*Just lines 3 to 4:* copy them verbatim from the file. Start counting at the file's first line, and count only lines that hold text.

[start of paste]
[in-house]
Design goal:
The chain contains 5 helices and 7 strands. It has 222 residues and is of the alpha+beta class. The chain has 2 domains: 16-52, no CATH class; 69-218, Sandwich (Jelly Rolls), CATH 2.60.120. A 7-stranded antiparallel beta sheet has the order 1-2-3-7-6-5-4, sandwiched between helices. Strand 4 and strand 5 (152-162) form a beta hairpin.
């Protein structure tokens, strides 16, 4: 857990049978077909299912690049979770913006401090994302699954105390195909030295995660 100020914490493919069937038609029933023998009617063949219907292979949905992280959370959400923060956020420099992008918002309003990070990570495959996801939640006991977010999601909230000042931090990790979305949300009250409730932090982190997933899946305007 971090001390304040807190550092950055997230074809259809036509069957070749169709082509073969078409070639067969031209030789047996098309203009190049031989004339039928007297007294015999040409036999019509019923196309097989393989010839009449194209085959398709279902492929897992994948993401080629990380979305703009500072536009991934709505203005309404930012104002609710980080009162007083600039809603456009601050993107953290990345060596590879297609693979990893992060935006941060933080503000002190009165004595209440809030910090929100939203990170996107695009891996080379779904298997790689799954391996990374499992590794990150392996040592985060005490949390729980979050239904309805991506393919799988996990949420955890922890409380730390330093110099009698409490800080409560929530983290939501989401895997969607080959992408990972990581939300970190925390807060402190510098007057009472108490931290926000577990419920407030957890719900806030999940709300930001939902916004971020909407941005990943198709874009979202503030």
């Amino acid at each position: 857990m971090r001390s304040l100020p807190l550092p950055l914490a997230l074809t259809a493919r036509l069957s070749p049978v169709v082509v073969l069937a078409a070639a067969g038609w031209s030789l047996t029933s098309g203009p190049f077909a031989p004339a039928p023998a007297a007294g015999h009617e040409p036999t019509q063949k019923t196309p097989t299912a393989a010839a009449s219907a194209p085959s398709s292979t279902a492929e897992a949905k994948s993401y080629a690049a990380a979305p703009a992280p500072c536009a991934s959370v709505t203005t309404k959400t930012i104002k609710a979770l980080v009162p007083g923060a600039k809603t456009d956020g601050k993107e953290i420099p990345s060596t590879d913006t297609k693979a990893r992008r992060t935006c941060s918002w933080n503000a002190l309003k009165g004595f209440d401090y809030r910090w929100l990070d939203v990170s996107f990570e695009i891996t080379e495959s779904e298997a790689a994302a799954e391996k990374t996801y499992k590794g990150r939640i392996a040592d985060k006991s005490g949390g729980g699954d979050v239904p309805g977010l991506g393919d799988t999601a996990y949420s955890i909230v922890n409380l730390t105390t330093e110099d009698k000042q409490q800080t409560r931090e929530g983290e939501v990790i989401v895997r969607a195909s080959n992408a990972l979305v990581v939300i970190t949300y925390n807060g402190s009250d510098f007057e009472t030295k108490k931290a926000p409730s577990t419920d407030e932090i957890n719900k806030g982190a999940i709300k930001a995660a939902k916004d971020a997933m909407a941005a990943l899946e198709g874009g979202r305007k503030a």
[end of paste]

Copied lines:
The chain contains 5 helices and 7 strands. It has 222 residues and is of the alpha+beta class. The chain has 2 domains: 16-52, no CATH class; 69-218, Sandwich (Jelly Rolls), CATH 2.60.120. A 7-stranded antiparallel beta sheet has the order 1-2-3-7-6-5-4, sandwiched between helices. Strand 4 and strand 5 (152-162) form a beta hairpin.
């Protein structure tokens, strides 16, 4: 857990049978077909299912690049979770913006401090994302699954105390195909030295995660 100020914490493919069937038609029933023998009617063949219907292979949905992280959370959400923060956020420099992008918002309003990070990570495959996801939640006991977010999601909230000042931090990790979305949300009250409730932090982190997933899946305007 971090001390304040807190550092950055997230074809259809036509069957070749169709082509073969078409070639067969031209030789047996098309203009190049031989004339039928007297007294015999040409036999019509019923196309097989393989010839009449194209085959398709279902492929897992994948993401080629990380979305703009500072536009991934709505203005309404930012104002609710980080009162007083600039809603456009601050993107953290990345060596590879297609693979990893992060935006941060933080503000002190009165004595209440809030910090929100939203990170996107695009891996080379779904298997790689799954391996990374499992590794990150392996040592985060005490949390729980979050239904309805991506393919799988996990949420955890922890409380730390330093110099009698409490800080409560929530983290939501989401895997969607080959992408990972990581939300970190925390807060402190510098007057009472108490931290926000577990419920407030957890719900806030999940709300930001939902916004971020909407941005990943198709874009979202503030």